Indico, indicoe, indigo – Artificial, plant.

Lapis Armenius – Natural.

Litmos blue / litmus – Artificial, plant.

Mountain blue / Montanum. Natural.

Smalt – Artificial.

Spanish blue – Natural.

Ultramarine – Natural-artificial.

Ultramarine from Cyprus – Natural.

Woad – Artificial, plant.


Brusle”, Burnt yellow ochre – Natural, artificial.

Florey blew – Artificial, plant.

Orchal, orchil – Artificial, plant.

Roset – Artificial, lake.


Brown asphaltum – Natural.

Browne of Spaine – Natural, Artificial.

Cologne brown – Natural.

Gallstone – Natural.

Spalt – Natural.

Umber – Natural.


Ivory black – Artificial.

Bone black – Artificial.

Charcoal black – Artificial.

Lamp black – Artificial.

Seacole – Natural.

The International Palette

From left to right: white lead, yellow ochre, vermilion, stil-de-grain, followed by browns and blacks.

White lead. “White lead is made by putting vine branches in butts, pouring vinegar on to them, fixing sheets of lead on the top, and fastening them up air-tight; then, after some time the ceruse will be found attached.” (René François, Essay on the Wonders of Nature, 1621)
18c-small-22Yellow ochre is a natural iron oxide pigment.
18c-small-28“16. Cinnabar or vermilion is made of sulphur and mercury ground together on the porphyry, then burnt in the furnace until they are sublimed.” (René François, Essay on the Wonders of Nature, 1621)
18c-small-24“22. “Stil-de-grain” is made with [white] earth mixed with the juice of certain flowers”, including broom flowers Genista, weld, Ruseda luteola, and buck-thorn berries, Rhamnus. (René François, Essay on the Wonders of Nature, 1621)
17c-small-26Umber is a native earth used both raw and burnt, the latter having a deep reddish tone.
Lamp black “is made of the Soot of Rosin [resin] or Pitch burnt.” (Richard Waller, A Catalogue of Simple and Mixt Colours, 1686) “If you want to make it, take a vessel of clay or wood or canvas, place it upside down, put burning resin into it, stopper it so there is no chink for the smoke to escape, and so forth. The smoke will stick to the walls of the container from which you may collect it after it is burned and you will have a black.” (Anon. Spanish painter, A Tract on the Art of Painting, c. 1656)
17c-small-30Terre verte or green earth is an iron silicate with clay.
18c-small-32Azurite, azzurro d’allemagna, lapis Armenius. “I take Lapis Armenius to be the blew Bice sold in the Shops, for it is light and friable.” (Richard Waller, A Catalogue of Simple and Mixt Colours, 1686)


John Bate
Of Painting, From The Third Booke
Of Drawing, Limming, Colouring, Painting, and Graving
The Mysteryes of Nature and Art, London, 1634


Of Painting
The principall end and subject of this Art, is to set out things both in proportion of parts, and liveliness of colour.
For the former, the proportion of parts, I have given sufficient information for the meanest capacitie in the precedent part of this tractat: now therefore I will speake of the other, the colouring or setting out in colours. But first provide a frame or Easel called by Artists, which is very necessary to worke upon, especially greater pieces of worke: the forme whereof followeth.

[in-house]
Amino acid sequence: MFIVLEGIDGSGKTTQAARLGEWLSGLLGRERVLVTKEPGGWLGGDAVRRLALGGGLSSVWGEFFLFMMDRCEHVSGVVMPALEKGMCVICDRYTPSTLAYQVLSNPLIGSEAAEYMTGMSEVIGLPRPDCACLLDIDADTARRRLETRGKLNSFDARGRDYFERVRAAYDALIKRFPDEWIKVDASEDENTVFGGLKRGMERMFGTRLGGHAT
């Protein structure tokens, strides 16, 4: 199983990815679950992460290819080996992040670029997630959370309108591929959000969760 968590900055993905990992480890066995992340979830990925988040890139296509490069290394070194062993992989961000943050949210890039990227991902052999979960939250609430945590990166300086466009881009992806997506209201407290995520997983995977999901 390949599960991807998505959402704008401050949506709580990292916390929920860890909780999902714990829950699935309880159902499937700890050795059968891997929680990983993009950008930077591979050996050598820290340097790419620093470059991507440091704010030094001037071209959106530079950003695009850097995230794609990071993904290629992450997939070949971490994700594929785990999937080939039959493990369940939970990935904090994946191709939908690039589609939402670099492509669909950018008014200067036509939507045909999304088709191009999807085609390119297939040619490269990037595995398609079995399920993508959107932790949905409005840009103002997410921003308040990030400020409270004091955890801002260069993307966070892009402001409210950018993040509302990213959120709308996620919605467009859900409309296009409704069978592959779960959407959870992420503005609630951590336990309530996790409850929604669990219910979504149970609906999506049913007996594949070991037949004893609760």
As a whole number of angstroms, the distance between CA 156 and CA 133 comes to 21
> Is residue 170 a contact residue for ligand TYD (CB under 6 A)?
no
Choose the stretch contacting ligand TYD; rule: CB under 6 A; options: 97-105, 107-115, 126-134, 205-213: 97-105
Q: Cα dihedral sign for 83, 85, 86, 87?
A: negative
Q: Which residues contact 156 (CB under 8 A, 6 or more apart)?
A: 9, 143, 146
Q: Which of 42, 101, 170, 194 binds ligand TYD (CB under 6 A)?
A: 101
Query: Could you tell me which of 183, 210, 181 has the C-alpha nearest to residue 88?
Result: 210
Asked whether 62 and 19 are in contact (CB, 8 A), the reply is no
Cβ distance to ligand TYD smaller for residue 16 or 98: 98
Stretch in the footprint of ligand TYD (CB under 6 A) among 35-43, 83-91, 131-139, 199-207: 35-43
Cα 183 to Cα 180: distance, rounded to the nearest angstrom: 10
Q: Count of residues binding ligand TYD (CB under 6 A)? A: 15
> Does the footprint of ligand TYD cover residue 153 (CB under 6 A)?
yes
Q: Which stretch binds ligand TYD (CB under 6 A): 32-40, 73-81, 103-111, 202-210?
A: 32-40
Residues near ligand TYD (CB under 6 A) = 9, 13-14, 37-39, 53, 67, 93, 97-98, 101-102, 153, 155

Also you must provide divers little shels to put your colours in, also pensils [brushes] of all sorts, both for priming and other: a light ruler of one foot and a halfe, or two foot long: and colours of all sorts ground very fine upon a porphire or marble. Having provided these, you shall set to worke, observing the subsequent directions.
Painting may be performed either with water colours, or with oyle colours.
First I will speake of water colours, wherein I shall observe two things.
First, the diversitie of colours, and preparations. Secondly, their mixture, and manner of laying them on the ground.
First of the first, the diversitie of colours and their preparation.
Colours are either simple or compounded, merely tinctures of vegetables, or substances of minerals, or both: the simple colours are such as of themselves, being tempered with the water or oyle, doe give a colour. The compounded are such, whose ingredients do exceed the number of one. Vegetables are rootes, juces, berries, and such like things as grow out of the earth. Minerals are such as are dig’d out of the earth, as earth, and stones, etc. All which follow in order, as well their preparations, as description. First note that every colour to be ground, ought first to be ground with the gall of a neat [ox]: then let them dry of themselves in a cold place, afterwards grinde them with gumme water for your use.
Now I am come to the second thing observable (to wit) the mixture and laying the colours on the grounds, which is thus: your colours prepared for use, ought to be tempered according unto direction, still observing a meane: and to that end, mixe them by a little and little, till the colour please you; first you must lay on the ground colour, and let it dry throughly: then with a small pensill, pricke on the second colour, else it will be apt to run abroad, nor can you worke it so well, to make it seeme lively, as you may be pricking it on, especially in small peeces.